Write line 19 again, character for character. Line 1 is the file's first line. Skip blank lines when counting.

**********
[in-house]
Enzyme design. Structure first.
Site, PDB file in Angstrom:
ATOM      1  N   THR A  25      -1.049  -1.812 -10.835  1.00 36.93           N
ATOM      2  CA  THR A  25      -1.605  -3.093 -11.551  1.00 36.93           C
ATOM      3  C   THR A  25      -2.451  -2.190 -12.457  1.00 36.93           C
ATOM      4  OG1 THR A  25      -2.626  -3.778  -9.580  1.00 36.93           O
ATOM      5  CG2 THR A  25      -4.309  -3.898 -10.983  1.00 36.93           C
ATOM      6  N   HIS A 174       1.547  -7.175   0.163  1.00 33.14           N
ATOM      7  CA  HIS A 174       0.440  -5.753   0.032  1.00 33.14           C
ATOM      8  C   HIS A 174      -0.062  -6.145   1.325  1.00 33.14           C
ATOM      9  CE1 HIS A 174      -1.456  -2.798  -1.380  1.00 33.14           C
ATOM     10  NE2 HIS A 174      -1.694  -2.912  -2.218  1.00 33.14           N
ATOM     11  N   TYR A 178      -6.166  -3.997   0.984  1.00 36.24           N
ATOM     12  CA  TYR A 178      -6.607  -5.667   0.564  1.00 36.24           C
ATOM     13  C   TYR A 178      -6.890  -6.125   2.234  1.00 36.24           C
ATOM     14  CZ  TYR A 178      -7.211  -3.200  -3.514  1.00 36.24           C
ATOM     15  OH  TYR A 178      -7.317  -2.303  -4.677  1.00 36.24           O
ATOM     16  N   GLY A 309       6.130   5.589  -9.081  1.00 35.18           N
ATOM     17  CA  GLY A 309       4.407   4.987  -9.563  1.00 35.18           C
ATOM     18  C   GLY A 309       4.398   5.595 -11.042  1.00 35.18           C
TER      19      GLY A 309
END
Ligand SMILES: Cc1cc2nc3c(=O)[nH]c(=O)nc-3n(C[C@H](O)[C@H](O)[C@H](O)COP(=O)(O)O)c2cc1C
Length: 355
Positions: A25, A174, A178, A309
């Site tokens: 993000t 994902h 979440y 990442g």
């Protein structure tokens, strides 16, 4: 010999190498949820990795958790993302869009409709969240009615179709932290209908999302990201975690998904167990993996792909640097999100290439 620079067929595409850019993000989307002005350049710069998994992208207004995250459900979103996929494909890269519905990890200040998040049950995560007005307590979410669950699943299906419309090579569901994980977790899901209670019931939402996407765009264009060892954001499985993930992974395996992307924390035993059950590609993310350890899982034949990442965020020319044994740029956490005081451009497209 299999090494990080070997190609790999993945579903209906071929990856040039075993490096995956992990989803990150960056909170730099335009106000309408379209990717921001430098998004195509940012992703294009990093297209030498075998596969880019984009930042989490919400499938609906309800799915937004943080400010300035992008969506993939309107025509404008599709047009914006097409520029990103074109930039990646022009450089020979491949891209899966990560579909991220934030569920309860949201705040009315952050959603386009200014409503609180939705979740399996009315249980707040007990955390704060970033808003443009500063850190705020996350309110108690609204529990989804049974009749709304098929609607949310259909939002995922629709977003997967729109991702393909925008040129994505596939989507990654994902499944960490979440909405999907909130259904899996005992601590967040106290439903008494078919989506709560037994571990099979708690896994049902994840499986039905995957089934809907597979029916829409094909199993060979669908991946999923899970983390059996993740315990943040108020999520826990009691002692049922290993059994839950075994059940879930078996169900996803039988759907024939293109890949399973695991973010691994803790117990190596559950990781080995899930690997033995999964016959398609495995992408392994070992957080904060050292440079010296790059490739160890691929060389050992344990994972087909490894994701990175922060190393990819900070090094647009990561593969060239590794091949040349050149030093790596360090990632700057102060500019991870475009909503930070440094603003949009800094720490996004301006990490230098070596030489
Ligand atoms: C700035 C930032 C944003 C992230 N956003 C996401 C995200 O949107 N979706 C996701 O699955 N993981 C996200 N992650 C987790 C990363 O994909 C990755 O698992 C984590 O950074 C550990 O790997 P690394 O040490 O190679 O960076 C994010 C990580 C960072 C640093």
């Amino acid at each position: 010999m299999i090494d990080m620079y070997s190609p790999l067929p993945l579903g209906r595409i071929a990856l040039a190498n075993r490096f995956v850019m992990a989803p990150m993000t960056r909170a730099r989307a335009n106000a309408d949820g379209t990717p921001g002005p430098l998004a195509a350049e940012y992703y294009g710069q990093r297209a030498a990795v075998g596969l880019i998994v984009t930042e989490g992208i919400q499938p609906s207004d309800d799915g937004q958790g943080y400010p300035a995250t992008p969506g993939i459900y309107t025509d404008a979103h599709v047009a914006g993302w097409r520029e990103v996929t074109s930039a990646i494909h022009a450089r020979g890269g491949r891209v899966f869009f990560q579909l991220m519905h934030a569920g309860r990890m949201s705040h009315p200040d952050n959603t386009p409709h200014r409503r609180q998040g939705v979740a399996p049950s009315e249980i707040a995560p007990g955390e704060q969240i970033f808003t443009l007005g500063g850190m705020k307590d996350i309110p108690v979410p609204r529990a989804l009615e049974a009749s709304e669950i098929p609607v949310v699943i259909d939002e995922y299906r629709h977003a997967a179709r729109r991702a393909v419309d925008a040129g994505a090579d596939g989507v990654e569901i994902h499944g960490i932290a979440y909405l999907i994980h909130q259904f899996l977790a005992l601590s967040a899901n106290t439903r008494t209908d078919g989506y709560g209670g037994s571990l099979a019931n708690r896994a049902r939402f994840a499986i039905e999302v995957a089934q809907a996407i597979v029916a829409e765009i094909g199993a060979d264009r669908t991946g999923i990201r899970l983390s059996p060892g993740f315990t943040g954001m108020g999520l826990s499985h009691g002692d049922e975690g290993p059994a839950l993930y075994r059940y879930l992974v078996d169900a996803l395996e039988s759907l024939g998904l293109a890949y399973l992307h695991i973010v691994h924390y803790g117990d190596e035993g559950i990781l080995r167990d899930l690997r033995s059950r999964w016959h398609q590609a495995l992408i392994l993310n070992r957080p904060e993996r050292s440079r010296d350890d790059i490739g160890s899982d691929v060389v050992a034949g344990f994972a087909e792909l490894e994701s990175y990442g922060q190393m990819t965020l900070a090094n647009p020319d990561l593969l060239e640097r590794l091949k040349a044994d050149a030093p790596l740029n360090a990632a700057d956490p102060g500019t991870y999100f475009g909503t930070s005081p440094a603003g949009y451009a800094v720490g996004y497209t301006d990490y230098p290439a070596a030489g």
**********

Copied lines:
ATOM     16  N   GLY A 309       6.130   5.589  -9.081  1.00 35.18           N